I miss you dad.  Your light will always continue to shine.

birch tree

As Seasons Change

We give these gifts of nature in your name,

to forever keep you near,

to take root in a place you kept close to your heart,

and represent the things you hold dear.

Your rock will remind us to always be strong,

and to remain solid in the lives we love.

And follow in the examples you gave us in life,

as you look on us from above.

Your tree will remind us to accept the changes,

of seasons that come and go.

As the tree becomes bare at times in our life,

new leaves will blossom in time to show

that nature is beautiful and life has a season,

but all things do come to an end.

And with each change and leaf that is lost,

family and friendships help mend.

Branches sway in the winds of time,

and your whispers will be heard in the breeze.

Your memory lives on in the nature around us,

the air, the rocks, the trees.

My wrinkles are a map to my understanding

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I don’t often stand and look in the mirror for great lengths of time.  Since I cut my hair short and I don’t wear much make-up there is really no need to linger at my reflection.  But this morning I did.  I made the usual faces one makes while looking at themselves and I really studied my face, each crease, each unique spot that has adorned my skin for years.

I followed the lines of wrinkles starting to appear around my eyes and although those fissures are permanent lines in what was once smooth skin, those lines created a map of places I had been in my life.  They are carved from life experiences that made me the person I am today.  Each of those lines tells a story and remembering some of those stories caused me to smile which only pronounced those lines even more.

Senior lady

(image courtesy of Google)

I like to think I earned each and every one of those laugh lines because I took the time to truly enjoy the good moments I’ve had.   The small lines on my furrowed brow help remind me of the difficult and sad times, but times I undoubtedly learned a lesson or a coping skill.  Those wrinkles belong to me.  I choose to own them because I know the emotions they embody.  They are imprinted in my psyche as much as they are etched on my skin.

My wrinkles are a map.  They have led me from my past and, with the myriad of directions I may follow,  they will help guide me into my future.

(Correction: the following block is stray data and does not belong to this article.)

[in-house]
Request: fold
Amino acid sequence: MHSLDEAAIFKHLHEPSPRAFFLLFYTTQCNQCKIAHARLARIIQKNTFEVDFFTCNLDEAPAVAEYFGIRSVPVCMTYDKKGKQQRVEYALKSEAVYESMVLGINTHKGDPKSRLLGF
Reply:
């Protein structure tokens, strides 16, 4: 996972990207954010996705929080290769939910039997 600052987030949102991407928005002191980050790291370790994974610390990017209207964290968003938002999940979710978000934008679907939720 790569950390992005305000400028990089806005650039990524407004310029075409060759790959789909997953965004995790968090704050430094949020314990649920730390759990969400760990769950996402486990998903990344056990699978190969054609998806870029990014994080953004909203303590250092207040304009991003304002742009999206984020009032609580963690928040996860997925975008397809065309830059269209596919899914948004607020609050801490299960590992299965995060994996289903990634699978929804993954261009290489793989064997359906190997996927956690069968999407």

The best of Christmas

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Each year, when my father was still with us, he would phone at 6:00 am to wish me a Merry Christmas and get the day started.  This year, the lines from Heaven must have been pretty open because that phone in my head rang at 5:30 am and I was wide awake (thanks Dad!!).  But this, begrudgingly, is among the favorite of my Christmas memories.

There are many Christmas traditions we still follow, and although they become slightly modified as the years pass, the holidays wouldn’t be the same without them.  After we moved to our tiny little town, Christmas Eve was spent bundled in our warmest winter gear standing at the end of our driveway.  The sirens could be heard before the truck was spotted and the lights would crest the hill by our house.   Santa Claus was atop the biggest fire truck and would pass all of the eager children, bundled tight like we were, waiting for a glimpse of the big guy before we were hurried off to nestle in our beds.  There were no visions of sugar plums, and the wonder of how he fit his ever-growing frame down our very thin stove-pipe was enough to keep me awake for hours.

Santa on a fire truck

As the years passed we began to give back.  We would faithfully wait at the end of our driveway with a case of beer for the jolly man.  I mean, he had to have been frozen up there and what better way to keep him jolly than some beer?  I’ll never forget the eve of one particular Christmas when Santa told us that he didn’t drink beer, but instead enjoyed a Rye and Coke.  I guess everyone has a Christmas wish and the following year we granted his with a tall glass of whiskey and carbonated syrup.  My gifts were fabulous that year!!

We almost missed him this year, and I raced to the corner of the next street to catch him on his way back.  I stood in anticipation, forever in the shadow of the child I once was and with the smile of the child I hope to always be, and Santa waved and wished me a Merry Christmas.  My night was complete.